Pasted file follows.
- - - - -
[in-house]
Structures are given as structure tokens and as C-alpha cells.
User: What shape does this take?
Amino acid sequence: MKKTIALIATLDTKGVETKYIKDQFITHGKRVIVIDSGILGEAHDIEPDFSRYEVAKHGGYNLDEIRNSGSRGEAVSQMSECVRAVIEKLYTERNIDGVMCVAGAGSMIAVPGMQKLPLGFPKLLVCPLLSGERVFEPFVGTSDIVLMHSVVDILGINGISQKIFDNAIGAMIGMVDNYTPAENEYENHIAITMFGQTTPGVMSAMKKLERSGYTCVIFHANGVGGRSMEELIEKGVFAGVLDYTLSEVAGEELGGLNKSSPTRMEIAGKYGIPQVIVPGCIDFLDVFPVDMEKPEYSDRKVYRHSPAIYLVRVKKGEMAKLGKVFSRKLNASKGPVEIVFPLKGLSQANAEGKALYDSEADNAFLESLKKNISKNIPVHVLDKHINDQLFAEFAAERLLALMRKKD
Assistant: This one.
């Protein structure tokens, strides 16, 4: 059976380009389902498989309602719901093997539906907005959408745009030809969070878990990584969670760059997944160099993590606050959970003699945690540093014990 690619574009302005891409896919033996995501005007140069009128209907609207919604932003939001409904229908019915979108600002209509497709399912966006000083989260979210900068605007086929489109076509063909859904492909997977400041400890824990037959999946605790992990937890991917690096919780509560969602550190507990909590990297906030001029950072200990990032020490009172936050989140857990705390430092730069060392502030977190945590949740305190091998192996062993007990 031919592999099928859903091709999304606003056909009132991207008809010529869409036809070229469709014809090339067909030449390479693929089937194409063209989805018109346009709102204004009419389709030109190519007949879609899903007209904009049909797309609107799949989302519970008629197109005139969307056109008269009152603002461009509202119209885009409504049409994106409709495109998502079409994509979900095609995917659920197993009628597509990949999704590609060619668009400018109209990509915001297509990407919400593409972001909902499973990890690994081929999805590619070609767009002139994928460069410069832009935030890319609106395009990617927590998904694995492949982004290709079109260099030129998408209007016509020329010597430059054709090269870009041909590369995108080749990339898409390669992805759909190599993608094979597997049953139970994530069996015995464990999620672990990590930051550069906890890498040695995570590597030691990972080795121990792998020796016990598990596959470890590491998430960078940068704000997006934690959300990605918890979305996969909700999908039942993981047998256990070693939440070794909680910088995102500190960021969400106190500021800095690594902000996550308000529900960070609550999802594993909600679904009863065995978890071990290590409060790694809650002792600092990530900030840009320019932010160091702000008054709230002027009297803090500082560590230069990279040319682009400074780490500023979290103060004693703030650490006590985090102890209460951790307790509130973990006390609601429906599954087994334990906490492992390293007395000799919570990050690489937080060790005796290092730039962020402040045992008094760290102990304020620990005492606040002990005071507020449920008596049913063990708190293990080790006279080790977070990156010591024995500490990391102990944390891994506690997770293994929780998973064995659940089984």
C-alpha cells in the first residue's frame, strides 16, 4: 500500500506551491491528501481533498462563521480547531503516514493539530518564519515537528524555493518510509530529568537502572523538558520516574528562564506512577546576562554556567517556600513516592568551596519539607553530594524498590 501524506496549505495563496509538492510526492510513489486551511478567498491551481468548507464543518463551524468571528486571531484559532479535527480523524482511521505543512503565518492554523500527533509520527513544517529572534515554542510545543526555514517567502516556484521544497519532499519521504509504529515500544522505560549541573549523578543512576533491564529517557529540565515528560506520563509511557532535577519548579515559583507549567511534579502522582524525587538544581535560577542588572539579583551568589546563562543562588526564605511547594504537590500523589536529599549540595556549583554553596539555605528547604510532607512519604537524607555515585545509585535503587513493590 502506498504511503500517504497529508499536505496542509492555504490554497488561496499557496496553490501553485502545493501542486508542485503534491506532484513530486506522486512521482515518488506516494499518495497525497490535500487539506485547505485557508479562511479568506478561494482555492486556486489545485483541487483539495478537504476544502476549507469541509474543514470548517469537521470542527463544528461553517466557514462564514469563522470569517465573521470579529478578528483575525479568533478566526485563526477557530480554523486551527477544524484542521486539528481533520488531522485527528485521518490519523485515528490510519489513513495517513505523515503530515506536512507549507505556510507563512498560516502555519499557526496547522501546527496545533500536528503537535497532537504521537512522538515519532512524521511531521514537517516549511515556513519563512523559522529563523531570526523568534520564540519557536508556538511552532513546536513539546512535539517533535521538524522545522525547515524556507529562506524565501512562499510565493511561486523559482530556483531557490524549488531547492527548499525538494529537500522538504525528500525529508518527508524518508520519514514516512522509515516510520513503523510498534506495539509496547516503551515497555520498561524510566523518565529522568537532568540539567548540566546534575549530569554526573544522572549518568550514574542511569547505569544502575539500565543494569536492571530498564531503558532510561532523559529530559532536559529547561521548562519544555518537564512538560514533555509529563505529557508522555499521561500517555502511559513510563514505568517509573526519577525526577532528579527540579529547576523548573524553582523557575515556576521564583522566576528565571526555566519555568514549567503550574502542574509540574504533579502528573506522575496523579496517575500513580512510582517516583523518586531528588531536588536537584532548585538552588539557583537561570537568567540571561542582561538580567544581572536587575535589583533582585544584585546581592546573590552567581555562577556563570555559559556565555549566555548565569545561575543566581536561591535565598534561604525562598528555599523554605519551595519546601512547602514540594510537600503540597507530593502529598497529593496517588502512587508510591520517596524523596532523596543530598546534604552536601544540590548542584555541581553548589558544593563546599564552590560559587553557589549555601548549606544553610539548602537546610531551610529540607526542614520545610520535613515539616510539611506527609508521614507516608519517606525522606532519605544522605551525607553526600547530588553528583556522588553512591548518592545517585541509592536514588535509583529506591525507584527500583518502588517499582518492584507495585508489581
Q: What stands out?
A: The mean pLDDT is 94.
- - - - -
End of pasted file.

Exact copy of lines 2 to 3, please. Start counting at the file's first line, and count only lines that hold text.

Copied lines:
Structures are given as structure tokens and as C-alpha cells.
User: What shape does this take?